Molding more than clay

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Photo by Robert Noles Pottery assistant Charlie Mabry, left, helps Tammala Colquitt make a clay platter.

Opelika’s pottery department promotes creativity, community involvement

Photo by Robert Noles Pottery assistant Charlie Mabry, left, helps Tammala Colquitt make a clay platter.
Photo by Robert Noles
Pottery assistant Charlie Mabry, left, helps Tammala Colquitt make a clay platter.

By Rebekah Martin
Associate Editor

“There are so many people I run into who say ‘Oh you have pottery over there in Opelika?’ That’s our main problem … very few people know we’re here.” So said Sherrie Spain, the director of the Opelika Pottery Department. The department is not a new addition to the city – it’s been in operation for more than 15 years.
Spain and her assistant, Charlie Mabry, head up the department – which has about 25 regular participants, some coming from around Lee County, Montgomery and cities in west Georgia.
In fact, the pottery department brings a certain uniqueness to Opelika.
“They’re pretty rare actually – a set-up like this. They happened to have one in Auburn and there’s one in Columbus, but most places don’t have a pottery studio like this connected to the city,” Mabry said.
Opelika’s pottery department is dedicated to donating their time and services to organizations in the community. Habitat for Humanity and various church missions are a some of the most recent outreach programs Spain’s department has been involved with.
The department recently concluded its largest event last month – the Empty Bowls Project. This year the group broke all previous records, raising more than $13,000 for the Food Bank of East Alabama. All in all, Spain, Mabry and the members of the department produced 1,300 bowls that were sold to raise the funds.
Spain and Mabry said they are looking forward to a little down time now that the annual Empty Bowls project is finished. “We don’t want to slow down too much though, because we will have to start producing for next time before too long,” Mabry said.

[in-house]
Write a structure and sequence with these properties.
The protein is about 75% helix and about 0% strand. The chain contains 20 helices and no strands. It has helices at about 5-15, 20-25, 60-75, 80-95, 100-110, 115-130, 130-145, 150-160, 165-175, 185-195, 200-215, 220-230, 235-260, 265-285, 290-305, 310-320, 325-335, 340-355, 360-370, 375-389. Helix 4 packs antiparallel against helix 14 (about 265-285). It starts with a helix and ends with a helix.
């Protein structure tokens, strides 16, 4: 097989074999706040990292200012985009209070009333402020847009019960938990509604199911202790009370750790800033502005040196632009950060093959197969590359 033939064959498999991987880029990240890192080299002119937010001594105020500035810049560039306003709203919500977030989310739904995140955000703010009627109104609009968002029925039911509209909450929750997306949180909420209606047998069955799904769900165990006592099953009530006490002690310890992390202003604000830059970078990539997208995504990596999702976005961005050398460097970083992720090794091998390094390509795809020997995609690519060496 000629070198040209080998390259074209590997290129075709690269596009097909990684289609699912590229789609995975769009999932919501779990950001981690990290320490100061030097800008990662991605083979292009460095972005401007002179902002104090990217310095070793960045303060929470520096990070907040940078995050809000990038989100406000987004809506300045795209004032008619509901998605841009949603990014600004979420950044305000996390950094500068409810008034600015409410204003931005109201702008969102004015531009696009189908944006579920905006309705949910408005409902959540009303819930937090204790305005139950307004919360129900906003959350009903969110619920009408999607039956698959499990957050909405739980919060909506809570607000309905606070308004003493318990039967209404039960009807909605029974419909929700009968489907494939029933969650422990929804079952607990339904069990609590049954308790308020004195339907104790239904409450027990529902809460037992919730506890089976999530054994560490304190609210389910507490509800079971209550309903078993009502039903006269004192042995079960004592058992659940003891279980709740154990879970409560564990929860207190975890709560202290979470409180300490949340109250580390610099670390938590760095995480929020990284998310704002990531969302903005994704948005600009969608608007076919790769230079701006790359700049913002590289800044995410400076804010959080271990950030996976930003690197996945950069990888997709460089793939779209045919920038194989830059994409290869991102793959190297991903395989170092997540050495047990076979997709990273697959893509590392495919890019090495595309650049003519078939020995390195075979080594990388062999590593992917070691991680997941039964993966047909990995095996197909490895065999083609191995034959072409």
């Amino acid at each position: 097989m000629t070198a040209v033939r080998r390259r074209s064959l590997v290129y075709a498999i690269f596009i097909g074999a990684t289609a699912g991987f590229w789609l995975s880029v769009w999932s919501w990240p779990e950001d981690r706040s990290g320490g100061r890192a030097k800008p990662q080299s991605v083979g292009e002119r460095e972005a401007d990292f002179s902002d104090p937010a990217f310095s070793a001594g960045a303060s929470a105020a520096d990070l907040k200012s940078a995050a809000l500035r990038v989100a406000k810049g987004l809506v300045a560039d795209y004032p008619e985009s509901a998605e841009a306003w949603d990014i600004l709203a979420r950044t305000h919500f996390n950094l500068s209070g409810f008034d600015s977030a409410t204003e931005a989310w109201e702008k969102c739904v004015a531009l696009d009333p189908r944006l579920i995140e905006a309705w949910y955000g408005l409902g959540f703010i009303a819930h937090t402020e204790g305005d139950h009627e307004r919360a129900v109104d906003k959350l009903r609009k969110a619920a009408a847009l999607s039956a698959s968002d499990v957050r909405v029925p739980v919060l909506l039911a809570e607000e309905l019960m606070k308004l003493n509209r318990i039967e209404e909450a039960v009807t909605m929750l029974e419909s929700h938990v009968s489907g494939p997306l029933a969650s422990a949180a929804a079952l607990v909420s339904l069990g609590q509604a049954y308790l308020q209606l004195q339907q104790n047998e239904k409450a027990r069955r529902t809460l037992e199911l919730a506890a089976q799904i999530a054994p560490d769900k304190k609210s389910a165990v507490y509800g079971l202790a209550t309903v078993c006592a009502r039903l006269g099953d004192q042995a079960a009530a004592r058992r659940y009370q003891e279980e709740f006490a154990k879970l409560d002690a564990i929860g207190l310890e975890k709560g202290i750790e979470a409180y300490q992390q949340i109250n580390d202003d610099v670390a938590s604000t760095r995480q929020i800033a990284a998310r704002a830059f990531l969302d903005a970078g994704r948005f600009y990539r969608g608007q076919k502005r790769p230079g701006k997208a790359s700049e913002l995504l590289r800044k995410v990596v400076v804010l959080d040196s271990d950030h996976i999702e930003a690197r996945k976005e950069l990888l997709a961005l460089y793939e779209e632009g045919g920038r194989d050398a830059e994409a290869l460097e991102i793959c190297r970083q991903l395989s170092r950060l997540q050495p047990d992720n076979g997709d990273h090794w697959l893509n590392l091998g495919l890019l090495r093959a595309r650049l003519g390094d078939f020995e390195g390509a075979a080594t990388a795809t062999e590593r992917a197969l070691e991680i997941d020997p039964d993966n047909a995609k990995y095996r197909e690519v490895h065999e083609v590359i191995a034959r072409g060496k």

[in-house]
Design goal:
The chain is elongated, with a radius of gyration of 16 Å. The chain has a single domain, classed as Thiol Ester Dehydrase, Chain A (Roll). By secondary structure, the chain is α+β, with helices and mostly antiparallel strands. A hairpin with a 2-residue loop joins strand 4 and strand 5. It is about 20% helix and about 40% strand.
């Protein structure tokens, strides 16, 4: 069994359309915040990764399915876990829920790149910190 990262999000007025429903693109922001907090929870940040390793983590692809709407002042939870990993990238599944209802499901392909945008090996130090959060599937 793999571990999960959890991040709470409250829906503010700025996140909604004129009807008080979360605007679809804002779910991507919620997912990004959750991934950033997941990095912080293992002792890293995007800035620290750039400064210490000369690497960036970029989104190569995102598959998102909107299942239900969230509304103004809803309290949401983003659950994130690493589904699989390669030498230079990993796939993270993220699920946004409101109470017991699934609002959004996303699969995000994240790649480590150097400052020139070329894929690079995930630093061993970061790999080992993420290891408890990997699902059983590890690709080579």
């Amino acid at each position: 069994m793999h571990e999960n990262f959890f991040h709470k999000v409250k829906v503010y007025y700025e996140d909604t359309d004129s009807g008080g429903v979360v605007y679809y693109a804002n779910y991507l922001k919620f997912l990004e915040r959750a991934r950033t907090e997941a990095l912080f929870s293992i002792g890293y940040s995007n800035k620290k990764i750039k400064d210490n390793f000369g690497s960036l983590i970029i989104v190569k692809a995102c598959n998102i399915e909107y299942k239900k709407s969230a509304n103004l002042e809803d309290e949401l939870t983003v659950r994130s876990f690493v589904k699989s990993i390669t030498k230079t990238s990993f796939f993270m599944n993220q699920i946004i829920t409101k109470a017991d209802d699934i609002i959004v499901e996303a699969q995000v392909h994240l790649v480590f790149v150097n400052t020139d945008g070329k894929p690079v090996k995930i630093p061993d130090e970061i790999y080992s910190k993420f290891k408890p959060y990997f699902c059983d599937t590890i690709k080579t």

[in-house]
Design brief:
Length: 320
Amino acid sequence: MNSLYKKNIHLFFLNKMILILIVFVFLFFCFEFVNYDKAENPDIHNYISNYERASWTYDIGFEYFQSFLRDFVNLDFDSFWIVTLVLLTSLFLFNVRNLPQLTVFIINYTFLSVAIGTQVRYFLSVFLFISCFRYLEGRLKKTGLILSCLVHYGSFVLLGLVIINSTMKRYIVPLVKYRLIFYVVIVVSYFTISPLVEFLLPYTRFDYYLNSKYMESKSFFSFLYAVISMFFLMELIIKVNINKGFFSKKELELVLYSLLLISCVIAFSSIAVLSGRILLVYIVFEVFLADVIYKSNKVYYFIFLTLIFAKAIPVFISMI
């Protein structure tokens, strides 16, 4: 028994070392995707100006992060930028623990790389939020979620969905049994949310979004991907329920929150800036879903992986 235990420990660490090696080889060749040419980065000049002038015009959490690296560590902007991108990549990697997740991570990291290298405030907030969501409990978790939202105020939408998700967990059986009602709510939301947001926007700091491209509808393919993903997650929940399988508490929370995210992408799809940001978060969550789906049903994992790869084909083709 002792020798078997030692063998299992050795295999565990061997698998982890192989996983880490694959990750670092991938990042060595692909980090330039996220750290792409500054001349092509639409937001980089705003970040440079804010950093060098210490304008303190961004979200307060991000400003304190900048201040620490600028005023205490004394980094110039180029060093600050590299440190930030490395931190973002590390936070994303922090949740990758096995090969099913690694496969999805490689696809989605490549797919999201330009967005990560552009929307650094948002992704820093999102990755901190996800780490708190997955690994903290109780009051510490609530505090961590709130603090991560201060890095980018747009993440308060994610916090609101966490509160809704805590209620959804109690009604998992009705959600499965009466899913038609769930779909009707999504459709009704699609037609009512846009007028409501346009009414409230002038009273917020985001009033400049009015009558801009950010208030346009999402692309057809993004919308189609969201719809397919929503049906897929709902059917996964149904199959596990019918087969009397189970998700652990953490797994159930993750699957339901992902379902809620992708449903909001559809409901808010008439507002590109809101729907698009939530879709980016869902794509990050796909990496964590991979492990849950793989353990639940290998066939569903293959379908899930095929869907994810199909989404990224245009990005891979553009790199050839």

The Empty Bowls project is a year-round effort. The pair praised the efforts of the Lee County Master Gardeners, who came together to help pull-off the event.
“Coming up to the event, we were very nervous, wondering if we were going to have enough volunteers and the Master Gardeners came and just took care of everything,” Mabry said. “There were points in the day when I was just walking around and there was nothing for me to do because they just took over the event so well,” he said. “Every time I asked if someone needed help, they would say it was taken care of. It’s just amazing how much people gave – without hesitation. People were so generous with their time – no complaining. It’s such a good cause that it was easy for people to give,” Mabry said. “I think Opelika is a very generous city, full of thoughtful people,” Spain added.
Spain and Mabry said the pottery department is like a family. “This is a very tight-knit community here. Some people come and work to make things everyday, and some people come for the interaction, to see their friends, to work on something for a little while, but to catch up with everybody,” Spain said. “More than anything it’s friendship and communication … it’s just a family-oriented type place.”
Spring classes will begin this month and are still accepting enrollees.
Spain said they recommend first timers take the hand building class to begin with to get a feel of the material and also, a feel of success. “It’s immediate success, the first night you can actually make a nice, big bowl … where when you sit down at the wheel, it’s constant practice,” Spain said. “There’s a steeper learning curve with the wheel before you’re really making things,” Mabry added.
Each class runs for 8 weeks and costs $100. All materials are included in the fee.
Mabry said the pottery department offers Opelikans the opportunity and education to tap into their creative side. “You can make things here that are not only artistic, but have a direct function in your home, so you can interact with it, and that educational aspect of it it really important,” he said.

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